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Pfizer Signs Deal To Share Its Covid Antiviral Pill With Low Income Nations

Published 6 months ago
By Forbes
Albert Bourla, chief executive officer of Pfizer Inc. Photographer: Christopher Goodney/Bloomberg via Getty Images

On Tuesday, the United Nations-backed Medicines Patent Pool (MPP) announced that it has signed a deal with Pfizer to provide voluntary licensing of its antiviral treatment Paxlovid. This will enable the MPP to coordinate manufacturing and distribution of the drug around the world. 

Under the terms of the agreement, MPP will coordinate with qualified manufacturers of generic drugs around the world to inexpensively produce Paxlovid in 95 low and middle income countries around the world, reaching over 50% of the global population. Pfizer will not receive any royalties from sales until the World Health Organization determines the pandemic comes to an end. 

“This license is so important because, if authorized or approved, this oral drug is particularly well-suited for low- and middle-income countries and could play a critical role in saving lives, contributing to global efforts to fight the current pandemic,” MPP executive director Charles Gore said in a statement. 

Earlier this month, the two companies announced that Paxlovid, which is a combination of a Covid-specific antiviral agent and ritonavir, an antiviral used to treat HIV infections, has produced positive results in clinical trials. Those preliminary finds indicated that the Covid treatment reduced risk of hospitalization or death by 89% if administered shortly after a positive test. The companies have sent their findings to regulators for emergency authorization.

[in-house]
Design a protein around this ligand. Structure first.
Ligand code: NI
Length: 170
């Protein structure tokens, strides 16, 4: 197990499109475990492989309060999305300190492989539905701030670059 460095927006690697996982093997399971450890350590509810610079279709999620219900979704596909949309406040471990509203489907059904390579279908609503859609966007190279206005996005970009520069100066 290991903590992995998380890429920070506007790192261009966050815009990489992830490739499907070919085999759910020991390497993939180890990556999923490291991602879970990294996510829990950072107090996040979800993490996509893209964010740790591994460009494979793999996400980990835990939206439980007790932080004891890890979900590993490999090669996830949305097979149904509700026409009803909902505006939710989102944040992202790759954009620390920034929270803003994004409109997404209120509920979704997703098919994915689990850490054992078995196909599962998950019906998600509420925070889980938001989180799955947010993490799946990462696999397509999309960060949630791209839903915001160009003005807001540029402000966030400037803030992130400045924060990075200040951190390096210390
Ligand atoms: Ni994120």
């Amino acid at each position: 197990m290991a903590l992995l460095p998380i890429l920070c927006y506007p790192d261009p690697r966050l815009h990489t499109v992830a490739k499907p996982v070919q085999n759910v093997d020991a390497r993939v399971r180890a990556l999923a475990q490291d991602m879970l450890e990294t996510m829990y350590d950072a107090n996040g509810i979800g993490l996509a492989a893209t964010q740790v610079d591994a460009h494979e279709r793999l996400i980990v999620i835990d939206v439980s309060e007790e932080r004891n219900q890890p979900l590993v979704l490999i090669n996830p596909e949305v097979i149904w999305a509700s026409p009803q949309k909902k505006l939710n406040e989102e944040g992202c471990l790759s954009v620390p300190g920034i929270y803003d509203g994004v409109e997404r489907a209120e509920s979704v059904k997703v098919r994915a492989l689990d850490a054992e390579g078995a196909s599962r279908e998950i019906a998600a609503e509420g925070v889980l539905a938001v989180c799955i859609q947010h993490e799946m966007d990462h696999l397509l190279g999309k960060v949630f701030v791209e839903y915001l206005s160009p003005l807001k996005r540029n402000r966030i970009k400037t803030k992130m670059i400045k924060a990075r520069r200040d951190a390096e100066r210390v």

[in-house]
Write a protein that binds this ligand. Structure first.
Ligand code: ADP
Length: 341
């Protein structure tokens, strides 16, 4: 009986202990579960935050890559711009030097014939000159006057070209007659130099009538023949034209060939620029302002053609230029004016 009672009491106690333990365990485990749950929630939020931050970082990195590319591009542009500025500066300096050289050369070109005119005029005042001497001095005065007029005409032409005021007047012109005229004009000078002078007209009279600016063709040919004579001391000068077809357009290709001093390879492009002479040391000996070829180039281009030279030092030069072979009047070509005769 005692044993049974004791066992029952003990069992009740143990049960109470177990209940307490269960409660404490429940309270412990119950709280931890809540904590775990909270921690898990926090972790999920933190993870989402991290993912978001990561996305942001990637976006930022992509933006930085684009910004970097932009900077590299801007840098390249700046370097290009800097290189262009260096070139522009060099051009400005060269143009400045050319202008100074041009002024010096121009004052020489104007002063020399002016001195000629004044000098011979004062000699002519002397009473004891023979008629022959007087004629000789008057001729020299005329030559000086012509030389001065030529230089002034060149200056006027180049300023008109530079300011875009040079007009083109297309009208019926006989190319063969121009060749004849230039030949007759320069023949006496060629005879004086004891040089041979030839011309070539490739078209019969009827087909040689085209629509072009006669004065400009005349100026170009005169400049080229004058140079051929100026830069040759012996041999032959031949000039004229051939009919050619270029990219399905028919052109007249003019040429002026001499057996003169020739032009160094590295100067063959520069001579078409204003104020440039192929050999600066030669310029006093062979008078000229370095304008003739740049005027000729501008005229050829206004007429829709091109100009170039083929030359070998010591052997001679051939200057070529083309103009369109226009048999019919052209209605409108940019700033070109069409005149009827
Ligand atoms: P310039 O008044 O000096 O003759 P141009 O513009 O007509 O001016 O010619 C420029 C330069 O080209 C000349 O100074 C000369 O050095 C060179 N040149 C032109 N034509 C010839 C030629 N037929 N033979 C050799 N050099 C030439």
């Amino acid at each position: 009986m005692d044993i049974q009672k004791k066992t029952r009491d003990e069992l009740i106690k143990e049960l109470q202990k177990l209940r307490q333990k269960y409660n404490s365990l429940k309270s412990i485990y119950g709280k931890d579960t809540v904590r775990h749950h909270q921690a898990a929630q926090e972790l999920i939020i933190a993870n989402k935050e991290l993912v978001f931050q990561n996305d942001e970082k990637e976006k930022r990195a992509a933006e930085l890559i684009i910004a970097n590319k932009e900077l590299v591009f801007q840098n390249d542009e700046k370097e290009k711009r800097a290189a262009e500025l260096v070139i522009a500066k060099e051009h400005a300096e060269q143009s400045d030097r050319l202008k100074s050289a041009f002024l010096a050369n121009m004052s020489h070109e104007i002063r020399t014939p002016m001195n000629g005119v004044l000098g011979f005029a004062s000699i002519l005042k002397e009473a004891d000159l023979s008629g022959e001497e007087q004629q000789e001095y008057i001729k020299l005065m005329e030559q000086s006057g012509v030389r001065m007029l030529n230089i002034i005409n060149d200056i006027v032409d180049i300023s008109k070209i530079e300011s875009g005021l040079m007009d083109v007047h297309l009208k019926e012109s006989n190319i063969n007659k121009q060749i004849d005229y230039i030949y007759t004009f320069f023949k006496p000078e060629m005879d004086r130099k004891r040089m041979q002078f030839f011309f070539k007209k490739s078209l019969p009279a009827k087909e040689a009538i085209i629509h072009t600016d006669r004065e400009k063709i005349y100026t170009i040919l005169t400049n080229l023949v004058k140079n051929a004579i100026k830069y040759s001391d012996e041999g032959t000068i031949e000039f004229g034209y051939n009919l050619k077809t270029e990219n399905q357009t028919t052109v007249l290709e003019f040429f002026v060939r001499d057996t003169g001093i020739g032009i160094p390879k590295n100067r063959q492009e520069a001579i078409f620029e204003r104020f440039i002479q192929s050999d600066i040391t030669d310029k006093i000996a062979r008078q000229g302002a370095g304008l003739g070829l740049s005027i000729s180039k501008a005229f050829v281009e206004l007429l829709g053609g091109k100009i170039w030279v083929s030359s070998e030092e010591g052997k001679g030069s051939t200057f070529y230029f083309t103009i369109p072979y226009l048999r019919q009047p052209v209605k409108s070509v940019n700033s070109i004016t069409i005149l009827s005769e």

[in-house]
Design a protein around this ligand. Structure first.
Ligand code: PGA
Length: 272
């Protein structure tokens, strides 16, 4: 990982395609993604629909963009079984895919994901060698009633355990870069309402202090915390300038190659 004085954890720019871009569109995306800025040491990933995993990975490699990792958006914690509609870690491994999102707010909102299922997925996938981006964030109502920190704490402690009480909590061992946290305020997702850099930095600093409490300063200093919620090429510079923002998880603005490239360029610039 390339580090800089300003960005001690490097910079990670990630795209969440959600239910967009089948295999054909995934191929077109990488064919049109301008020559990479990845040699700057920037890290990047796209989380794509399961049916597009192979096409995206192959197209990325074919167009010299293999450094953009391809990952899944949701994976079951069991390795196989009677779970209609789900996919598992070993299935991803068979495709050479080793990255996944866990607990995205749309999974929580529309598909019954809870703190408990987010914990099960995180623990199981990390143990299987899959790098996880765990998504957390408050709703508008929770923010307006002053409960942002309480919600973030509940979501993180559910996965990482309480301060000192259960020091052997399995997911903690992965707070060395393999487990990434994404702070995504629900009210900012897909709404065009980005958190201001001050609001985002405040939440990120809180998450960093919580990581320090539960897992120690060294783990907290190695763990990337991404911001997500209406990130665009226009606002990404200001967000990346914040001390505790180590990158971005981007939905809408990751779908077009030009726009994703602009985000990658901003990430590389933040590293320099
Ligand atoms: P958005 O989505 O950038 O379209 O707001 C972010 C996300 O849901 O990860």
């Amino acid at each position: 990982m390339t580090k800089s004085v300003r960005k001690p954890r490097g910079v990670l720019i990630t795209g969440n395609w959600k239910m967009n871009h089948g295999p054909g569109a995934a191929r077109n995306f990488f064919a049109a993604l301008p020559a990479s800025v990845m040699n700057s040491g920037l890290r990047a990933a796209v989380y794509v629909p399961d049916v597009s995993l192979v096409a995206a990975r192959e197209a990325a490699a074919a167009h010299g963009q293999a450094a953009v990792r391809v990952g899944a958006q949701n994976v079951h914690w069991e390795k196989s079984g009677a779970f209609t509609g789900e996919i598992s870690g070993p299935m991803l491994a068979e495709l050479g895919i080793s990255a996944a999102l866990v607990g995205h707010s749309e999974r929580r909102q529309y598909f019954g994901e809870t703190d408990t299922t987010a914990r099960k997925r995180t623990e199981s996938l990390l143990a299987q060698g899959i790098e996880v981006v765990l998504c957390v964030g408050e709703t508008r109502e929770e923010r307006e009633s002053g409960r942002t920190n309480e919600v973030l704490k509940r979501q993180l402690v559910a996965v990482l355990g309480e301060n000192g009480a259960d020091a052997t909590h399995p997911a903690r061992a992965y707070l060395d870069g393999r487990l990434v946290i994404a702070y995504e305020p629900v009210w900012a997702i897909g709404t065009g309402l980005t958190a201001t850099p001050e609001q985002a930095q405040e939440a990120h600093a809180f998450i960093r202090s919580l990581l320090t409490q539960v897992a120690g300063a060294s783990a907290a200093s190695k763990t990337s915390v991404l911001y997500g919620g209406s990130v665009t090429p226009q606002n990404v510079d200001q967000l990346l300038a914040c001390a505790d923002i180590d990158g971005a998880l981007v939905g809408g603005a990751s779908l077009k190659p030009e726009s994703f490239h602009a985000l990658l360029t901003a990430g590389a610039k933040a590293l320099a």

Pfizer’s Covid antiviral is a protease inhibitor, a type of antiviral medication that works by slowing down the rate the coronavirus replicates by stopping certain proteins from being made. This keeps viral loads in patients low, which gives the immune system more opportunity to deal with it. It’s co-adminsitered with ritonavir, which helps slow the rate the Covid antiviral breaks down in the body, allowing its activity to last longer.  

In signing this deal, Pfizer is following in the footsteps of Merck, which inked a deal with MPP last month to provide a similar voluntary licensing deal for its anti-Covid pill molnupiravir, which it co-developed with Ridgeback Therapeutics and was recently authorized in the U.K. In September, Pfizer and its vaccine development partner BIoNTech signed a deal with the Biden Administration for 500 million vaccine doses to be provided to lower income countries, with those doses being sold on a not-for-profit basis. 

“Pfizer remains committed to bringing forth scientific breakthroughs to help end this pandemic for all people,” Pfizer CEO Albert Bourla said in a statement. “We believe oral antiviral treatments can play a vital role in reducing the severity of COVID-19 infections, decreasing the strain on our healthcare systems and saving lives.”

By Alex Knapp, Forbes Africa

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